Our Platform 

Our proprietary, autologous fibroblast technology platform is the foundation for developing disease-modifying therapies for rare diseases with high unmet medical needs

Our Differentiated Cell and Gene Therapy Approach

Castle Creek Biosciences’ autologous fibroblast technology uses our patented manufacturing process, which involves collecting small skin biopsies from patients, isolating cells and expanding them in culture, transducing the fibroblast cells with an integrative lentiviral vector to express a targeted protein, followed by continued expansion of the gene-modified cells in culture. The cells are then locally administered to the disease site with the goal of expressing the target protein in the desired region in order to restore its functionality. As part of this process, Castle Creek Biosciences also creates a personalized cell bank of genetically modified autologous fibroblasts that can be stored cryogenically, serving as a repository for the patient’s long term drug product needs. 

Our entire fibroblast platform is done autologously. This approach allows us to avoid many of the rejection concerns presented with allogeneic cells and results in a higher likelihood of efficacy.

John Maslowski, Chief Scientific Advisor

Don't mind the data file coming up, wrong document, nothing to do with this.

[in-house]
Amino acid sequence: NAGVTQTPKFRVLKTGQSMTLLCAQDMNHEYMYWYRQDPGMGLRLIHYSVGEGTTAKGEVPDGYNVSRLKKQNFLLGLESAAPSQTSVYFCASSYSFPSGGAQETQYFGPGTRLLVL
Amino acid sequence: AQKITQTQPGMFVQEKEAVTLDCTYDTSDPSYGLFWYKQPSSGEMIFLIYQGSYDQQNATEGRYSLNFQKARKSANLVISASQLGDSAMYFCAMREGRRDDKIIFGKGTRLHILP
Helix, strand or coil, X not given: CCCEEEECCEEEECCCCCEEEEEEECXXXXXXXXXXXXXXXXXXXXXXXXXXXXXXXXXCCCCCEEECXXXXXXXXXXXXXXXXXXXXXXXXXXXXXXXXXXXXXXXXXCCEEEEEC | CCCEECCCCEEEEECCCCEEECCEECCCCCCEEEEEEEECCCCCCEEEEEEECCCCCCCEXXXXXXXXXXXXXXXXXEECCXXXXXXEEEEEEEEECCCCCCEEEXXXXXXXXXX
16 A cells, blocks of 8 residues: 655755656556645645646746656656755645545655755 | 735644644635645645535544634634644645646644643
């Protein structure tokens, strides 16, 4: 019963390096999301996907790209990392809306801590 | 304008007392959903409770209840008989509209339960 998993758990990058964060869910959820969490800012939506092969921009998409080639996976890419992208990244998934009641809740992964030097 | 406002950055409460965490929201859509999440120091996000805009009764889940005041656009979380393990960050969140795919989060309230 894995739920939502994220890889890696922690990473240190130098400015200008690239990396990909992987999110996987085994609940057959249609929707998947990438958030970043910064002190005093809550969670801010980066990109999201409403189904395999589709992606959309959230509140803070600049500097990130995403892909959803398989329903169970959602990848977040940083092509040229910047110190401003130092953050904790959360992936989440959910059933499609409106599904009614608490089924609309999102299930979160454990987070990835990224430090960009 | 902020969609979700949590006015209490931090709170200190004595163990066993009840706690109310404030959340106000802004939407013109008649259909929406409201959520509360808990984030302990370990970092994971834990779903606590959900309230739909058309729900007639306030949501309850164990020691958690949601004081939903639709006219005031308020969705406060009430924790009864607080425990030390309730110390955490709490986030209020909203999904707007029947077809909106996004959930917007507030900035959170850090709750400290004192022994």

The Science of Autologous Fibroblasts

Fibroblasts, the most common cell in skin and connective tissue, are responsible for synthesizing extracellular matrix proteins, including collagen, that provide structure and support to the skin. Castle Creek Biosciences is leveraging these clinical benefits of fibroblasts as the basis of our personalized, autologous fibroblast technology platform.

science of autologous fibroblasts

Readily Sourced from Skin

Fibroblasts are found in all skin and connective tissue and can be isolated from the skin and expanded in culture.  The ability to genetically modify fibroblasts has been well documented in scientific literature .

Functionally Critical

Fibroblasts synthesize the structural framework of tissue.

Ideal Delivery Vehicle

Fibroblasts have unique capabilities for localized (vs. systemic) delivery to gene targets in the skin and connective tissue.